Lisa: Do you have any ‘top tips’ for other foster parents or adopters around food?

Sally: I can explain what has worked for us. It has been about trying things out and seeing what works and always testing strategies against a knowledge of early trauma and therapeutic parenting.

  • Regular meals as they provide a strong structure to the day
  • Not persisting with foods they don’t like – taking away opportunities for failure at the dinner table – taking the emotion and shame out
  • Providing foods that they ate and enjoyed in care – even now, ten years in
  • Planning meals that don’t take long to prepare so that more time is available for one to one parenting and close supervision  – meal prep doesn’t become something that takes away mum’s attention – and the more time between the start of prep and the food arriving, the greater the stress
  • Lots of fruit available to satisfy the constant desire for food
  • Verbal reassurance – ‘there will always be enough food for you’ ‘ I will not let you go hungry’
  • Cooking and baking – preparing food, learning about it, shopping together
  • Some choice – would you like x or y for tea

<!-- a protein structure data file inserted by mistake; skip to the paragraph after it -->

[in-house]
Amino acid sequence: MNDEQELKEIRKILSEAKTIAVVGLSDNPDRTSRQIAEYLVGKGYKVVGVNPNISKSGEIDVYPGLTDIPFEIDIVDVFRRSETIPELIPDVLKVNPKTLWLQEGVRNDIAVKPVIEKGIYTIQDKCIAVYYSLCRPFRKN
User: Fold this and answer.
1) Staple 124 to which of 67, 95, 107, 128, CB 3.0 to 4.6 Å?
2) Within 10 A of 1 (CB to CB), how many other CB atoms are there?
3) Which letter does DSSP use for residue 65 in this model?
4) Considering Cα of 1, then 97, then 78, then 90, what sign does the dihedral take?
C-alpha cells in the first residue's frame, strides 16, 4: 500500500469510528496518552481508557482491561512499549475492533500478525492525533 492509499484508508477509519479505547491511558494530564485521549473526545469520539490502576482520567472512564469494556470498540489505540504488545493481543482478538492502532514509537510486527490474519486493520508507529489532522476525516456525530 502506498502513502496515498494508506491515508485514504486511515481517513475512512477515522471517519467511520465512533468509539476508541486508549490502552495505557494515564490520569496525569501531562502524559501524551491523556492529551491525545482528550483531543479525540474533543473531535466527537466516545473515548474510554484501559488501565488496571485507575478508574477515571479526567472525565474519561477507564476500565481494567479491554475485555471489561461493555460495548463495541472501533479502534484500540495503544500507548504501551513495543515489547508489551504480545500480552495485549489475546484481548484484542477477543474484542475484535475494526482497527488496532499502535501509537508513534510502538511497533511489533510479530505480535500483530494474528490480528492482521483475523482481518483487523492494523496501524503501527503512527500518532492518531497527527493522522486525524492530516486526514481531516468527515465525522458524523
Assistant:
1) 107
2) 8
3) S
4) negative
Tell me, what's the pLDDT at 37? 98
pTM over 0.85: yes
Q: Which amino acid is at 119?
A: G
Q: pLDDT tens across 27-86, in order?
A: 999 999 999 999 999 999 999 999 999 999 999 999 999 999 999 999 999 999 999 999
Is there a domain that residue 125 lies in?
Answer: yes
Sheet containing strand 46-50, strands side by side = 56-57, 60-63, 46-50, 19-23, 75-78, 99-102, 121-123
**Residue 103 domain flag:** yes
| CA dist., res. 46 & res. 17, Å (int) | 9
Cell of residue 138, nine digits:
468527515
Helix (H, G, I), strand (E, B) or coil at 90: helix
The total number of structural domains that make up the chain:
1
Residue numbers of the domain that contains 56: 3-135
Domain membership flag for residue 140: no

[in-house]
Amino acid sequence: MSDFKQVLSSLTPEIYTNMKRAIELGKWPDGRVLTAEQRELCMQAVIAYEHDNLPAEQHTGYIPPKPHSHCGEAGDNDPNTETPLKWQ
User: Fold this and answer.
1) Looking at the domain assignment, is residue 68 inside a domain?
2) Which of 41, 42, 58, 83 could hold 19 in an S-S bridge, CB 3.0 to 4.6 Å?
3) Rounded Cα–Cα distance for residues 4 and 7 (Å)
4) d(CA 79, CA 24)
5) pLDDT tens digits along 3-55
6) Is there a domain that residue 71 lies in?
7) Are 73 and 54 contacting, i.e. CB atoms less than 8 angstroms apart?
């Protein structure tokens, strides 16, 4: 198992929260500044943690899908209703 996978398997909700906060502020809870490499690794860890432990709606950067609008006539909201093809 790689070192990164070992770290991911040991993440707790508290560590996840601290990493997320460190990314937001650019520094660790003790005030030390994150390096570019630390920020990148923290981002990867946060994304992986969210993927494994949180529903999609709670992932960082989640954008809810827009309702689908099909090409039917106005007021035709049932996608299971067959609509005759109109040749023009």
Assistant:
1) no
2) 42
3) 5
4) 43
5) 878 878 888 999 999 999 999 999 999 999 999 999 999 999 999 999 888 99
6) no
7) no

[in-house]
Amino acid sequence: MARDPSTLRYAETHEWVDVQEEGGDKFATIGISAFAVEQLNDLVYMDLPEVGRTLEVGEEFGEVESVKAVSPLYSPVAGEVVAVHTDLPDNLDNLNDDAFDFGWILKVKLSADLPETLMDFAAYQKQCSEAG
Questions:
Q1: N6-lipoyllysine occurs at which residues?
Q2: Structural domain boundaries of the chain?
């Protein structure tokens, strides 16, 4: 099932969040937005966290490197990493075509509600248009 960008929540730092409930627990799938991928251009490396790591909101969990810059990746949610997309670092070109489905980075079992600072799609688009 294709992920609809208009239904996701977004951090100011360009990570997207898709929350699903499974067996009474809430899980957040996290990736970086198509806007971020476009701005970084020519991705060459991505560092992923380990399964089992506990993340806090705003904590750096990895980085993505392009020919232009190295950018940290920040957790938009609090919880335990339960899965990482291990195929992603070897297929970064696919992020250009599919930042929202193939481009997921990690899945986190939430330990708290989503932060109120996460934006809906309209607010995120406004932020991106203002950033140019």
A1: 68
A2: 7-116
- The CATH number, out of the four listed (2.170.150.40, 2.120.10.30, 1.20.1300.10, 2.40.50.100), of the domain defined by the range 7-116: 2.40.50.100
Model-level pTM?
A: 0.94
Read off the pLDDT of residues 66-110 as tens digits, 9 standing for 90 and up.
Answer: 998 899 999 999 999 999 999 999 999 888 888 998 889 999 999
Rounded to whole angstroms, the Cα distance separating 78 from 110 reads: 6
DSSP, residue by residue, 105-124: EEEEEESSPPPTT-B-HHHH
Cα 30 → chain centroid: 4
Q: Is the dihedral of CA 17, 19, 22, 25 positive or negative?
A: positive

• Being tuned in to what they like and providing these foods frequently

Thanks Sally. For more information it’s worth checking out:

Surveillance and Food Practises Within Residential Care For Young People

Recipes For Fostering by Andrea Warman

The Importance Of Food in Relation To The Treatment of Deprived and Disturbed Children in Care

Mother forces adopted daughter to bare her a child

On Sunday evening The Guardian broke the chilling news story of the mother who bullied her daughter into inseminating herself with semen which she had bought over the internet.  What this particular headline does not mention, but others do, is that the girl, who gave birth at the age of 16,  had been adopted from overseas by her mother, along with two other younger and unrelated children.  Occasionally a news story will emerge where the matter of adoption is mentioned despite being irrelevant, but that is not the case here.  The adoption by the mother of the three children is central to the criminal act and the damage done (she was jailed for five years for this wrongdoing plus cruelty to a younger child).

It sounds stupid to say this, but it felt like a body blow to the brotherhood and sisterhood of adopters who parent damaged and vulnerable children.  I like to think we are all in it for the greater good, learning to parent therapeutically as we must, and with great respect for our children’s origins.  Simplistic, I know.